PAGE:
The company has over 710 stores worldwide and is managed by 38,000 employees. (Photo: Lululemon)

Nike is a world leader in the athletic apparel and footwear sector, with a market cap of $143 billion. The company posted a 1.89% year-over-year (YoY) rise in revenue to $51.581 billion for the twelve months ending February 29, 2024.

However, the stock price has tanked 30% in the last three years in contrast to the 19% gain observed by the S&P 500 index. The company has struggled to regain the brand enthusiasm it once enjoyed in the early 2000s and is falling back on the goals it set at the start of this decade.

Several CEOs have called out Nike, stating "they stopped a little bit bringing in new stuff," according to JD Sports CEO Régis Schultz. He noted that "shoppers get bored very quickly." According to Nike CEO John Donahoe, the challenges around growth and innovation for the consumer-discretionary stock are attributable to the remote work policy, which hurt its competitive edge.

Consumer-discretionary stocks are companies selling products people buy with spare cash. These goods and services are nice to have but are optional, like fashion, travelling, and jewellery. Generally, consumer discretionary stocks do well during an economic boom and poorly during market upheavals.

Donahoe believes his "employees worked from home for two and a half years...And in hindsight, it turns out, it's hard to do bold, disruptive innovation, to develop a boldly disruptive shoe, on Zoom."

Nike trimmed its revenue guidance for the forthcoming fiscal year on faltering digital demand in the US and rising challenges across the Europe-Mideast-Asia region. The company's "bold, disruptive" comeback plan to rebuild the steady pipeline resulted in laying off 2% of its workforce as part of a $2 billion cost-cutting plan.

Donahoe added. "Innovation has always marked Nike in the running, as in other categories, so we're not just going to copy what other people do."

Meanwhile, This Stock Reported 24% Revenue Growth Between FY 2018-23

Lululemon Athletica, which competes in the same sector as Nike, also recorded an impressive earnings per share (EPS) growth of 28% between FY 2018-23. Its net revenue in 2023 increased 19% YoY to $9.6 billion, as the fast-growing brand added 56 net new company-operated stores over the year, ending with 711 stores.

For a while now, Lululemon has consistently posted higher operating margins than Nike and continues to witness demand despite elevated inflation and high living costs. While it is tough to achieve long-standing success in the dynamic fashion sector as consumer preferences continue to shift erratically, Lululemon's senior management maintains the brand's relevance through incredible marketing, innovation, and premium products.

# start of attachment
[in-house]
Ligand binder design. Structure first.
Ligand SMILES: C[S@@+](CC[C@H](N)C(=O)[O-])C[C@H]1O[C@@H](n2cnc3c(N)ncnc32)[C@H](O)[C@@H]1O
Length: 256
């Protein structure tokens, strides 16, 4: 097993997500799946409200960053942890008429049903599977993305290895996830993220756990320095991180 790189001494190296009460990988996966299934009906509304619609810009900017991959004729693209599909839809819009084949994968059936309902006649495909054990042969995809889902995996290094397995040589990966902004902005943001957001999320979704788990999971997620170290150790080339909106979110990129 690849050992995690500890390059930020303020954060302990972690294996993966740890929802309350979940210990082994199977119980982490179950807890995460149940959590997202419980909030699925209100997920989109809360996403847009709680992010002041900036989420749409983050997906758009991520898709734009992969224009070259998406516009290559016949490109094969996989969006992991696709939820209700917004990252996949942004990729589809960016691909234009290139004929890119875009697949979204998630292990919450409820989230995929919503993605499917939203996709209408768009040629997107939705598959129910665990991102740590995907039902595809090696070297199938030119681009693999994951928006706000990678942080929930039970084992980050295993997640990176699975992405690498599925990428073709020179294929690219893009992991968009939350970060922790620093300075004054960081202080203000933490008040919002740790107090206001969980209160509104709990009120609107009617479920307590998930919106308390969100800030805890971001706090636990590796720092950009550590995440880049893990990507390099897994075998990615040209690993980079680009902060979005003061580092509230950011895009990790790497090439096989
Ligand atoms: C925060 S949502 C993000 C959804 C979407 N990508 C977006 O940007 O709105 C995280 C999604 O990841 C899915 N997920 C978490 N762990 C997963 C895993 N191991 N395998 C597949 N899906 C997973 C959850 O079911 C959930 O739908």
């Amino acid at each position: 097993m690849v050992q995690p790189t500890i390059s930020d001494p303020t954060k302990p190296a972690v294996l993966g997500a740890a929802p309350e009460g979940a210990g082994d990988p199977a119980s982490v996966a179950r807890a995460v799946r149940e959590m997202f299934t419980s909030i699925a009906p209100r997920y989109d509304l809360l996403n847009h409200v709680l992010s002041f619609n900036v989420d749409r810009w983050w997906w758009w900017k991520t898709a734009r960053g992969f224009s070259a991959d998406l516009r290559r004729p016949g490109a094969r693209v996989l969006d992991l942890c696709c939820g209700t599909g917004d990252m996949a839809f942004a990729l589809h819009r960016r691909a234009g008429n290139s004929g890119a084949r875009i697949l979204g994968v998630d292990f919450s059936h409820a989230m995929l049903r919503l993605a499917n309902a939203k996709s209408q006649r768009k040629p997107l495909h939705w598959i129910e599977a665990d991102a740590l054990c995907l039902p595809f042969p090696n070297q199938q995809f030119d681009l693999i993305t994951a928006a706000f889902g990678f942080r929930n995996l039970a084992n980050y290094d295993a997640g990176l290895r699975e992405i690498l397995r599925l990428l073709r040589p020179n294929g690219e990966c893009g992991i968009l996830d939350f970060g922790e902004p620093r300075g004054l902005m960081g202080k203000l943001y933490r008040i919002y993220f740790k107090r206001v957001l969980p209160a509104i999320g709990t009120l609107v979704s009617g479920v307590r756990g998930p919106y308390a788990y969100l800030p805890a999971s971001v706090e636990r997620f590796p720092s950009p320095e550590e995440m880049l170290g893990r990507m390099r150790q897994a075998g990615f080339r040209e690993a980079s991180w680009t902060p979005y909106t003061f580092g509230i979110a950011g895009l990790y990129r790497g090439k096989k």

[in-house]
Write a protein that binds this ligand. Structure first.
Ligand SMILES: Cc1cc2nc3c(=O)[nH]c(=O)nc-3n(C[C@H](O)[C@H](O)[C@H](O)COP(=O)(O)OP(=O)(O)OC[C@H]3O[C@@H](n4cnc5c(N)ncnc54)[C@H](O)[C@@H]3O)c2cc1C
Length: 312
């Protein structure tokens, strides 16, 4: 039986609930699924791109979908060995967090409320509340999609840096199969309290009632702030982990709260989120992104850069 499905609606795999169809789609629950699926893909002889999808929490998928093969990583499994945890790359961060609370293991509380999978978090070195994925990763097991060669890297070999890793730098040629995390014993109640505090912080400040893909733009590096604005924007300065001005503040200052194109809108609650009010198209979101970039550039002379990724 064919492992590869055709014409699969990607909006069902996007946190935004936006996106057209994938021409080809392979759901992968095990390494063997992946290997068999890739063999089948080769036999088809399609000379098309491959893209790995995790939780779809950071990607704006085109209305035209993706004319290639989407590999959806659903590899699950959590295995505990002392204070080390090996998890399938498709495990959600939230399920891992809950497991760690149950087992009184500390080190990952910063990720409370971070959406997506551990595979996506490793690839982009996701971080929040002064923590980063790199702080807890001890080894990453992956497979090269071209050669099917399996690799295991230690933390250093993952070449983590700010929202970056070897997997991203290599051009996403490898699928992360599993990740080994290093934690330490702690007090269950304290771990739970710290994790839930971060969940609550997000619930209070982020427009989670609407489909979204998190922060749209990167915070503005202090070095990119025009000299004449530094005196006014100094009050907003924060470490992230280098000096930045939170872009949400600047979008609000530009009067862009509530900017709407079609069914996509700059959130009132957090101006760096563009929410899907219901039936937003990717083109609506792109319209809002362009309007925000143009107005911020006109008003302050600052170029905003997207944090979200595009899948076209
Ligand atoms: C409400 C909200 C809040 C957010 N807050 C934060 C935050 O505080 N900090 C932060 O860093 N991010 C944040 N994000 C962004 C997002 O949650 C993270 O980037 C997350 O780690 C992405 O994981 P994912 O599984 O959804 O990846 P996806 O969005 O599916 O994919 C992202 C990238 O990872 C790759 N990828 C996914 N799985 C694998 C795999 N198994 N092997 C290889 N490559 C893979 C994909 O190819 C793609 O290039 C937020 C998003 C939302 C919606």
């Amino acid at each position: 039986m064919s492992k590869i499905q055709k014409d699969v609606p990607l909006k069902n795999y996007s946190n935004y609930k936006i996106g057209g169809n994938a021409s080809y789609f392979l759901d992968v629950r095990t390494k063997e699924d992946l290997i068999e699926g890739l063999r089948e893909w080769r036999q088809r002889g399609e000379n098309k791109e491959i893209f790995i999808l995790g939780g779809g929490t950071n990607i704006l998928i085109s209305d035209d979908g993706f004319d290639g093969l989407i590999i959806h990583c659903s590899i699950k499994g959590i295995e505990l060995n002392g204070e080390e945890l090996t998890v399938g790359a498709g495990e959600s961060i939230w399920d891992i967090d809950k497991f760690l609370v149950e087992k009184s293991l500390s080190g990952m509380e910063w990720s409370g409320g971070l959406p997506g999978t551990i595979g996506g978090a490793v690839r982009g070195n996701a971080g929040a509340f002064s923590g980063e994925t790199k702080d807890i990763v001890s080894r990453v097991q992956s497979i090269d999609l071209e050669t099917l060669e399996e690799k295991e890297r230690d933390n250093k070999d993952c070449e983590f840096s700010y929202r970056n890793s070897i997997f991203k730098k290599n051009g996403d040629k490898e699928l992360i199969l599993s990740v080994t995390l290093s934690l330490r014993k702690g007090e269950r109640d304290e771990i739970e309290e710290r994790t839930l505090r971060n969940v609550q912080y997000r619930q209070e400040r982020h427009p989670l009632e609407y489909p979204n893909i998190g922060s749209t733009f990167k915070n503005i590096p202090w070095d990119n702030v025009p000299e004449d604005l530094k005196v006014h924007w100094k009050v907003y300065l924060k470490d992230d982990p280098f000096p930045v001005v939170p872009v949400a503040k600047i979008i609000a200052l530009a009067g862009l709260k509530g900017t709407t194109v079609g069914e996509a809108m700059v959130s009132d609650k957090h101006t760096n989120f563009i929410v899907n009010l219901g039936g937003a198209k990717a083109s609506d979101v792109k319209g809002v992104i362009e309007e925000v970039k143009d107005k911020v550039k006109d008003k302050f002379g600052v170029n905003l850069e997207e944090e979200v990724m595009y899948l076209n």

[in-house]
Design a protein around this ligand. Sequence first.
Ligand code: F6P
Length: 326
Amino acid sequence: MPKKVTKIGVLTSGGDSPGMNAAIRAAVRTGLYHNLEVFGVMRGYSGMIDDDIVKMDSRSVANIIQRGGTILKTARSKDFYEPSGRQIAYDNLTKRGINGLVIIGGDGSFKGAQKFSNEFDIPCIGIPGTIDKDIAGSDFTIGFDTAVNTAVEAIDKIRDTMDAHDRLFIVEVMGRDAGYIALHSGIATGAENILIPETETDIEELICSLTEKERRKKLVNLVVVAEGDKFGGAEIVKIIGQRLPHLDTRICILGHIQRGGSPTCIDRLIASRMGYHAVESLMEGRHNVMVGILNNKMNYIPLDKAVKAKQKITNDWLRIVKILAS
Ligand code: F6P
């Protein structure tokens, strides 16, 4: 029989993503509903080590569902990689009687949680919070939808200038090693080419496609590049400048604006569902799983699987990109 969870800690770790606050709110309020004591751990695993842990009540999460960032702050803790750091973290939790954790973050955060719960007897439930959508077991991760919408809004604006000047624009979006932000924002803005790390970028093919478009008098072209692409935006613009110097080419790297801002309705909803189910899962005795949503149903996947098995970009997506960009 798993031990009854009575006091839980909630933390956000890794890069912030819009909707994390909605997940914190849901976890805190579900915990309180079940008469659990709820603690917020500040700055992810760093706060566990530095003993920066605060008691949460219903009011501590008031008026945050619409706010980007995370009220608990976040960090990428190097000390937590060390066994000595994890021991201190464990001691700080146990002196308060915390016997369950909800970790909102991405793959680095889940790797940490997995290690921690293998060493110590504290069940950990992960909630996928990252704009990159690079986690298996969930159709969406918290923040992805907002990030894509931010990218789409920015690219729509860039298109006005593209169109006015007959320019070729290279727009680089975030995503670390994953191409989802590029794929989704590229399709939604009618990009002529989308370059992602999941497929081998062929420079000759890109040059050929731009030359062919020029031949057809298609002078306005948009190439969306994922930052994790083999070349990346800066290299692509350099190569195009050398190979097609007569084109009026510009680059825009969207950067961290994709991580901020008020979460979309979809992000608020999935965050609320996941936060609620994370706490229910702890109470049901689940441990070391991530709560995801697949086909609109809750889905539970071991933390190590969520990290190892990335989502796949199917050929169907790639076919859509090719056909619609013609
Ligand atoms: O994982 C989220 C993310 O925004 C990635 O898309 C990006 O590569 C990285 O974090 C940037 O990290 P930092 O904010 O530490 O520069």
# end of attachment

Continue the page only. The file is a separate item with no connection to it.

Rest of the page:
The company is hinging onto its "Power of Three ×2" growth plan strategy to double net revenue to $12.5 billion by 2026 from $6.25 billion in 2021 via product development, enhanced guest experience, a broader market outreach, and ramping up e-commerce operations.

Lululemon Athletica CEO Calvin McDonald, in the latest quarterly earnings call, said: "We are pleased with the strong finish to our 2023 fiscal year and continue to be ahead of our Power of Three ×2 strategy.

During the fourth quarter, we saw continued momentum across our channels, geographies, and merchandise categories, driven by our teams worldwide. As we step into 2024, we are focused on the significant opportunities ahead for Lululemon as we navigate the dynamic retail environment and deliver for guests through innovative new products and brand activations."

The company also boasts a healthy cash flow. Its cash and cash equivalents nearly doubled YoY to $2.2 billion by the end of 2023 from $1.2 billion, which is vital in supporting its expansion plans and R&D goals.

Lululemon Athletica expects to bring in net revenues between $10.7 billion and $10.8 billion for 2024, which translates to a 10-12% growth rate. The stock jumped 103% in the past five years and a whopping 582% in the past decade. The strong momentum can push the company ahead of Nike in several metrics in the coming years.

Despite beating top and bottom-line analyst estimates for the latest quarter, several brokerages slashed the stock's target price, likely because they were unhappy with the management's 10-12% growth guidance for this year. This development resulted in the stock price declining, possibly opening up a short opportunity window for long-term investors.

Furthermore, the slight valuation mismatch between Nike and Lululemon is surprising. Nike's shares traded at a forward price-to-earnings ratio of 26.96 on May 15, while Lululemon's forward P/E ratio was 28.43. Lululemon is a much smaller company than Nike, with a market cap of $43.67 billion, so you'd expect it to be much more expensive to invest in than Nike.

A high P/E ratio could mean a stock is too costly and the company is overvalued. The ratio tells you the money you can expect to invest in a stock to receive $1 of that company's earnings.

Of course, Nike is likely to be looked upon as a safer investment, given its brand history and global presence. However, based on the current valuation and stock growth outlook, Lululemon appears better positioned than most of its rivals.

Interestingly, Nike brings in more than 50% of its revenue from outside North America, whereas Lululemon makes almost 80% of its sales in the Americas segment. Hence, there may be a lot of untapped potential for the Canada-origin firm, which it plans to capitalize on through its aggressive expansion plans.

Disclaimer: Our digital media content is for informational purposes only and not investment advice. Please conduct your own analysis or seek professional advice before investing. Remember, investments are subject to market risks and past performance doesn't indicate future returns.